Russian Revolutionary Discourse: Legitimization of the Political Violence

Saturday, 21 July 2018: 10:45
Oral Presentation
Vladimir PAPERNI, University of Haifa, Israel
The Russian Revolution was in fact the longest political and social revolution in the human history. Revolutionary processes (i.e., a series of transitions of political power from one group to another accompanied by massive violence and a series of violent transformations of the economic and social structures of a polity) had taken place in Russia for more than 30 years, from 1905 until the end of the 1930s. The revolutionary discourse played a crucial role in those processes: it provided the universal ideological legitimization for using massive and even unlimited political violence. This discourse included two major and interrelated components:

1) quasi-rational and quasi-historical component: the revolutionary violence was legitimized (in spirit of ideologies of the Enlightenment, and later also of Marxism) as a necessary mechanism of destruction of the "old" and "bad" polity and of the transition to the "new" and "good" polity which must be based on the principles of freedom, egalitarianism, social justice, etc;

2) mythological eschatological component: the revolutionary violence had been interpreted as the main, desirable and morally justifiable tool of reaching the eschatological End of the human history: the Last Judgment (i.e., punishment of the "Old World" of sinners) and the subsequent creation of The "New World" of the righteous.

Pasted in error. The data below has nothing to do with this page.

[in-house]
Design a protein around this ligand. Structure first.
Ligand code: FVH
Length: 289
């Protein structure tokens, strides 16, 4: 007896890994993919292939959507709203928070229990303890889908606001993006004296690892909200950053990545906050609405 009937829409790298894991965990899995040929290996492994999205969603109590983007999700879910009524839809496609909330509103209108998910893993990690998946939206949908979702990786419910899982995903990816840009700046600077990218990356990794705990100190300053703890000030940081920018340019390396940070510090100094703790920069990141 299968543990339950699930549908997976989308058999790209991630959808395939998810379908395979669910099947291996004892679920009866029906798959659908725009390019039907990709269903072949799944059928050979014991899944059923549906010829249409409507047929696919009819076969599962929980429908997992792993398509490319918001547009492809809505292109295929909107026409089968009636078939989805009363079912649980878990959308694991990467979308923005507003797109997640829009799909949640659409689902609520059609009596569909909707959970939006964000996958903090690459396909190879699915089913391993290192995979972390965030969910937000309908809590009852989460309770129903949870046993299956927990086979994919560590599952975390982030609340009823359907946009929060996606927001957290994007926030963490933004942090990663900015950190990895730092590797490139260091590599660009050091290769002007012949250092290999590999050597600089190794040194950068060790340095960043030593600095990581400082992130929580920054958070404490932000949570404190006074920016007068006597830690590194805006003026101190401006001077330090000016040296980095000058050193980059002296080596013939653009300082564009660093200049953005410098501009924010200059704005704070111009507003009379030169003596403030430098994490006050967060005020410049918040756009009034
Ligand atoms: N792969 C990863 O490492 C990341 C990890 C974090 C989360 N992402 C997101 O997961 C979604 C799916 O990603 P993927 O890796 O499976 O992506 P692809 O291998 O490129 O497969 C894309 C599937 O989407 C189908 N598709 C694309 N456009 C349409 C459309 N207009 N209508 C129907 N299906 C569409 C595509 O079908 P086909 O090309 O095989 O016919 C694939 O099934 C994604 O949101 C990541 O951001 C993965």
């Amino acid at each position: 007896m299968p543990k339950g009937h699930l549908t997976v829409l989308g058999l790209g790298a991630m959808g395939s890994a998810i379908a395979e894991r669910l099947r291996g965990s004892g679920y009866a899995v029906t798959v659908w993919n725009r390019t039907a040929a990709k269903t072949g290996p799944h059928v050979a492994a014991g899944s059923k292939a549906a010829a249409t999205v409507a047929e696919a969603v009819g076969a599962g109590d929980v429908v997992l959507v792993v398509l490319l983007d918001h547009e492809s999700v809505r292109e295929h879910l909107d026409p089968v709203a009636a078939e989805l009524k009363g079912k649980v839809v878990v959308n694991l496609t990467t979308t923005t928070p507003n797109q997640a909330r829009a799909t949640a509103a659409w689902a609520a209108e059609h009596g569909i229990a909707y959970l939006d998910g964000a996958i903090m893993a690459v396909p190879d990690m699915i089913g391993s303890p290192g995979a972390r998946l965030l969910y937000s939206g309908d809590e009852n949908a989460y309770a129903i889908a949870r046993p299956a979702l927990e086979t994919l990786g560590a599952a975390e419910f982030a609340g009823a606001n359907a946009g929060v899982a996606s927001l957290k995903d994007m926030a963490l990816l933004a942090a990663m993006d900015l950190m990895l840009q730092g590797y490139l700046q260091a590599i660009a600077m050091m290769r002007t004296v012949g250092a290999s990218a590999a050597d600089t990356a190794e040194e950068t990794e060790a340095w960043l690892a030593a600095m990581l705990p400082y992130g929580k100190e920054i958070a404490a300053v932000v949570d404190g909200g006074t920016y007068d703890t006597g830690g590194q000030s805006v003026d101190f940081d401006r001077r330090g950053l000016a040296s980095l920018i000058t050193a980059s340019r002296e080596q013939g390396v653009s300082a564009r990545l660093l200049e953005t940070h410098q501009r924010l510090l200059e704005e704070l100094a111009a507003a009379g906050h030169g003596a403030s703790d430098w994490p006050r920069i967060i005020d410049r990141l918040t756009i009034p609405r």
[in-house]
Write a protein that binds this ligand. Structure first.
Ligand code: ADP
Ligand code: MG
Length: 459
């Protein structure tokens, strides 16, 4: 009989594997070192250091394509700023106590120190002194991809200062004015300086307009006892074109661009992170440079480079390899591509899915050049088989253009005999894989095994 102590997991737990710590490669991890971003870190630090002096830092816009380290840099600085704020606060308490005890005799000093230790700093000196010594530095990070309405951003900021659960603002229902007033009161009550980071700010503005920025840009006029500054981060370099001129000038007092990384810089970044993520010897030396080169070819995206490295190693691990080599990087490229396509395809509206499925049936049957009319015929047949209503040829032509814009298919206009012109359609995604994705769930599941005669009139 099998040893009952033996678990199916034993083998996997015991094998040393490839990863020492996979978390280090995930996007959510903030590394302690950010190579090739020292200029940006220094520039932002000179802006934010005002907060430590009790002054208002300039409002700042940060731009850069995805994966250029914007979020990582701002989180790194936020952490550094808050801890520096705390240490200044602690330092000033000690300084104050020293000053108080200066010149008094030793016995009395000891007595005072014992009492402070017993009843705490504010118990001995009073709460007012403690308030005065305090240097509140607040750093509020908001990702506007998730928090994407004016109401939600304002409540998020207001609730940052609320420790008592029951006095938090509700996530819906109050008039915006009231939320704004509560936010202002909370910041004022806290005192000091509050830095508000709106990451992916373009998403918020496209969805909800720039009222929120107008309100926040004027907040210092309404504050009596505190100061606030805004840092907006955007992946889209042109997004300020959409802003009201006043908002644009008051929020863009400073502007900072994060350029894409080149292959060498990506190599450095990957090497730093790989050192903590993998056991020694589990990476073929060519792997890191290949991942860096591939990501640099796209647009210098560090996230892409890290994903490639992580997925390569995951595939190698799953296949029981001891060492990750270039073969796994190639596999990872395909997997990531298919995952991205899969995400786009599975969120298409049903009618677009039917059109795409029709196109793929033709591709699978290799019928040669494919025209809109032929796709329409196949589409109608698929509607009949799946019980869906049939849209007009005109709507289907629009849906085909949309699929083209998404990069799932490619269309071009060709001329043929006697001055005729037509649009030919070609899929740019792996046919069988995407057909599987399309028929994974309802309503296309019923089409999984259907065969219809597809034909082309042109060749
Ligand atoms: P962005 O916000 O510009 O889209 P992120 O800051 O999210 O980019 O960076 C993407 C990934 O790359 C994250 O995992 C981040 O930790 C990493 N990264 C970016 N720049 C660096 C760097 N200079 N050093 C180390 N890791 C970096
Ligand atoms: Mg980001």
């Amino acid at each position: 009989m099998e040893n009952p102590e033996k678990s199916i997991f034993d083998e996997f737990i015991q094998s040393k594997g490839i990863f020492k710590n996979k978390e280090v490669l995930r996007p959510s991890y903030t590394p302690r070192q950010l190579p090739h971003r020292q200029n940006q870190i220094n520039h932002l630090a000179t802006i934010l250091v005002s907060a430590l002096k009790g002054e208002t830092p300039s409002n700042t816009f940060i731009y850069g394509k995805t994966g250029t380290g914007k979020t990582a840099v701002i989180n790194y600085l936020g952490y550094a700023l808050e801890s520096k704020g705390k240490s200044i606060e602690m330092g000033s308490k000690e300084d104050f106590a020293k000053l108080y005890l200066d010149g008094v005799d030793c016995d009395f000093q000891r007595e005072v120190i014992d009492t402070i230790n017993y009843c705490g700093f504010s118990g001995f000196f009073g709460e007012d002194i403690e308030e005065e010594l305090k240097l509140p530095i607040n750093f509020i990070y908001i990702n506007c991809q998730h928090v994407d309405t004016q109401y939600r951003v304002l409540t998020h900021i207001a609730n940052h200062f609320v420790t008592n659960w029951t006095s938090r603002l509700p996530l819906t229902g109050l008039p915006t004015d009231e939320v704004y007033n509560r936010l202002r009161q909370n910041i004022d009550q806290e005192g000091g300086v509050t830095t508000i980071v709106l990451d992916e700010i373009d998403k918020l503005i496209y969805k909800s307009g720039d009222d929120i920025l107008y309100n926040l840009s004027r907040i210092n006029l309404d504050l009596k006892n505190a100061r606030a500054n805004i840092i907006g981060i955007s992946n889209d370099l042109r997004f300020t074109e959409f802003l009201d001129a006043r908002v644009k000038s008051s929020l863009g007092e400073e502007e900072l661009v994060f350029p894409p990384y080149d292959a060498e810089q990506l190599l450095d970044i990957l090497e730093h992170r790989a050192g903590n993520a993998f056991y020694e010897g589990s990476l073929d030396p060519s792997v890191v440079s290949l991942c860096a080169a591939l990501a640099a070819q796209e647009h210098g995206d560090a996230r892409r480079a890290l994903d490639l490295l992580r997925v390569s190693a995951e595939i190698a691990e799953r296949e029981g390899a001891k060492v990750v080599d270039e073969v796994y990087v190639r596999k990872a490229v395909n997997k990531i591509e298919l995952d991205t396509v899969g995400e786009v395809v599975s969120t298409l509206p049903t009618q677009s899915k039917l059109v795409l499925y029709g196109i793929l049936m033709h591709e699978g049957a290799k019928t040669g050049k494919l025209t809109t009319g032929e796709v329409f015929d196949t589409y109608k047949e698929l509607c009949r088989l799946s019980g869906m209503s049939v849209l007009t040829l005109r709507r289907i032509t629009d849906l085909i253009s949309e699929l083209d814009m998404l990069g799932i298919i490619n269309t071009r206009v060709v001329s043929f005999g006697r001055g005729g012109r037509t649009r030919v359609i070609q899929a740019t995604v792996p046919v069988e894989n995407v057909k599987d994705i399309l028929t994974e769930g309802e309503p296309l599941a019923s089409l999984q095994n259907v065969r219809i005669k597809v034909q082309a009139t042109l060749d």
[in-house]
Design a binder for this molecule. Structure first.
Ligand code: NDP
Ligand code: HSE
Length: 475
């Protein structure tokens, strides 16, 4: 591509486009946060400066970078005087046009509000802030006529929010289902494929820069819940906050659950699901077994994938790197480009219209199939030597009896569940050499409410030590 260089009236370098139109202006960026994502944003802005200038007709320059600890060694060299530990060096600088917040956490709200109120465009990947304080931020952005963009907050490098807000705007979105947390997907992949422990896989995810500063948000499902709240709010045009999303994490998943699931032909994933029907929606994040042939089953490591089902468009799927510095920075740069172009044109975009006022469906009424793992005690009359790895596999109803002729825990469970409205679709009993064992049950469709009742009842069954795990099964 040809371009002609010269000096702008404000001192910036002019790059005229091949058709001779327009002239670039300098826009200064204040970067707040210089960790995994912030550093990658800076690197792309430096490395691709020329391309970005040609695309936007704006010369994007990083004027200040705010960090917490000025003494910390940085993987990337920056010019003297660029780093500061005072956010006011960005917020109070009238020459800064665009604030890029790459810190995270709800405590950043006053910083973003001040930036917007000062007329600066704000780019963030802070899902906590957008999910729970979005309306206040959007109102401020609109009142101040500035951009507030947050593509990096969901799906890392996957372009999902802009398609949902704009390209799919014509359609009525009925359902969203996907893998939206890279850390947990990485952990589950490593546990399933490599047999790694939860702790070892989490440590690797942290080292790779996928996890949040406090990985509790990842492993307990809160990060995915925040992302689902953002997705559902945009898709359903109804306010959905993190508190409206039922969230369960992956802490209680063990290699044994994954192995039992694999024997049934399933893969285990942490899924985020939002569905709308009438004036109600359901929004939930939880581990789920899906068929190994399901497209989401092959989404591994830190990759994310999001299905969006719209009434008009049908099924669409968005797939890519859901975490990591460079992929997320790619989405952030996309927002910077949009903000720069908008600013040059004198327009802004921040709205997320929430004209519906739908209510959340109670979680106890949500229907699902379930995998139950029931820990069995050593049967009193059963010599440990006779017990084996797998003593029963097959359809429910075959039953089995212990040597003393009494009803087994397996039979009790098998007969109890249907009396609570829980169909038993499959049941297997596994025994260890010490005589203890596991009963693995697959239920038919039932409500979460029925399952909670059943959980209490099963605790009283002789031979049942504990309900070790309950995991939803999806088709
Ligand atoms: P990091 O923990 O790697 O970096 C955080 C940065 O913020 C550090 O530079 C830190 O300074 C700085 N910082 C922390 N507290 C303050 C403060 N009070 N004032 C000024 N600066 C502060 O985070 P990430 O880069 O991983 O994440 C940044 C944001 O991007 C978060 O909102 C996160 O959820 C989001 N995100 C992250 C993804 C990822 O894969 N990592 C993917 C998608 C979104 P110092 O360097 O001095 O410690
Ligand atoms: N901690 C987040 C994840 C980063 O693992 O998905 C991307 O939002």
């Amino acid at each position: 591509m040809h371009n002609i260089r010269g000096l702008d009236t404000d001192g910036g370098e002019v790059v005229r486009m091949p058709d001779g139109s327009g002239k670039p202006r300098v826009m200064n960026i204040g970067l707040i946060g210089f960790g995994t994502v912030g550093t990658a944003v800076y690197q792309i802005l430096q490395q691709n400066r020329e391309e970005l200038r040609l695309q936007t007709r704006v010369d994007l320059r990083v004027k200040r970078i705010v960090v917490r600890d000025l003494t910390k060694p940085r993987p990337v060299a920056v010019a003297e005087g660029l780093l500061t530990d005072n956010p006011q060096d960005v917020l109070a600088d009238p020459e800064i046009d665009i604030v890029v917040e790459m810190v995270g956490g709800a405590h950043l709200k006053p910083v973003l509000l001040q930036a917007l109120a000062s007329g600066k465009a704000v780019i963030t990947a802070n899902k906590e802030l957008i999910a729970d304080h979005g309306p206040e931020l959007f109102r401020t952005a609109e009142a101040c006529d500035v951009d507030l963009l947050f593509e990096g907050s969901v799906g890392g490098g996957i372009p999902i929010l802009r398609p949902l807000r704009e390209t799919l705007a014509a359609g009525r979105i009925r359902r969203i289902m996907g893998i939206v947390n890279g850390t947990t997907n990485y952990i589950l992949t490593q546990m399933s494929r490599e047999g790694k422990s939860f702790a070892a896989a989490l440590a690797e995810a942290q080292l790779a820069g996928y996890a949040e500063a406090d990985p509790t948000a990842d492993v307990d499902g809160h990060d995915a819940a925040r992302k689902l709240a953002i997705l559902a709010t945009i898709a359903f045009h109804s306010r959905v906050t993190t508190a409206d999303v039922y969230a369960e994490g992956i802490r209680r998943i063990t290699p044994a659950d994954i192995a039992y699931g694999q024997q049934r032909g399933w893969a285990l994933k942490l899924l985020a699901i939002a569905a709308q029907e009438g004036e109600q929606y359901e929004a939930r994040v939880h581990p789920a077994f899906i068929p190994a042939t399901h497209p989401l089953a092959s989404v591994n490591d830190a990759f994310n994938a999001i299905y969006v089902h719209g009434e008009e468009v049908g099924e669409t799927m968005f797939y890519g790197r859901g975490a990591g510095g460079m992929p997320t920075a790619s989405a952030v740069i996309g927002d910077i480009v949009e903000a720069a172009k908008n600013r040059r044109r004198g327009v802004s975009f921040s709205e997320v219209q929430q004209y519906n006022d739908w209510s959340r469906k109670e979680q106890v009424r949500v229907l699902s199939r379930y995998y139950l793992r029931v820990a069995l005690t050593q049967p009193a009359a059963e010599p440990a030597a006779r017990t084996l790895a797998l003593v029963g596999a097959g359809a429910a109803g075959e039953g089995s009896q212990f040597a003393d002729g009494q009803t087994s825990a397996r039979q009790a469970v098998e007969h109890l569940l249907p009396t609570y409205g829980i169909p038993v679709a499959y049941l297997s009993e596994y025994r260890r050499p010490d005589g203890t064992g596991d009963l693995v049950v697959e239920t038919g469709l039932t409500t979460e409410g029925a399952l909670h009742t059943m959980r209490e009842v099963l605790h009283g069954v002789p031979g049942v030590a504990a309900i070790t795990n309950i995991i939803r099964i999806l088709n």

In the proposed paper, two main issues will be discussed:

1) the issue of origin of the Russian revolutionary discourse from discourses of Western revolutionary ideologies and from traditional Russian religious discourses;

2 the issue of functioning of revolutionary discourse in the Soviet polity in the revolutionary and the post-revolutionary epochs as an apparatus means of falsification of social, political and economic reality and as an exceptionally effective device for preventing attempts of the Russian civil society to stop the political violence and to humanize the Soviet polity.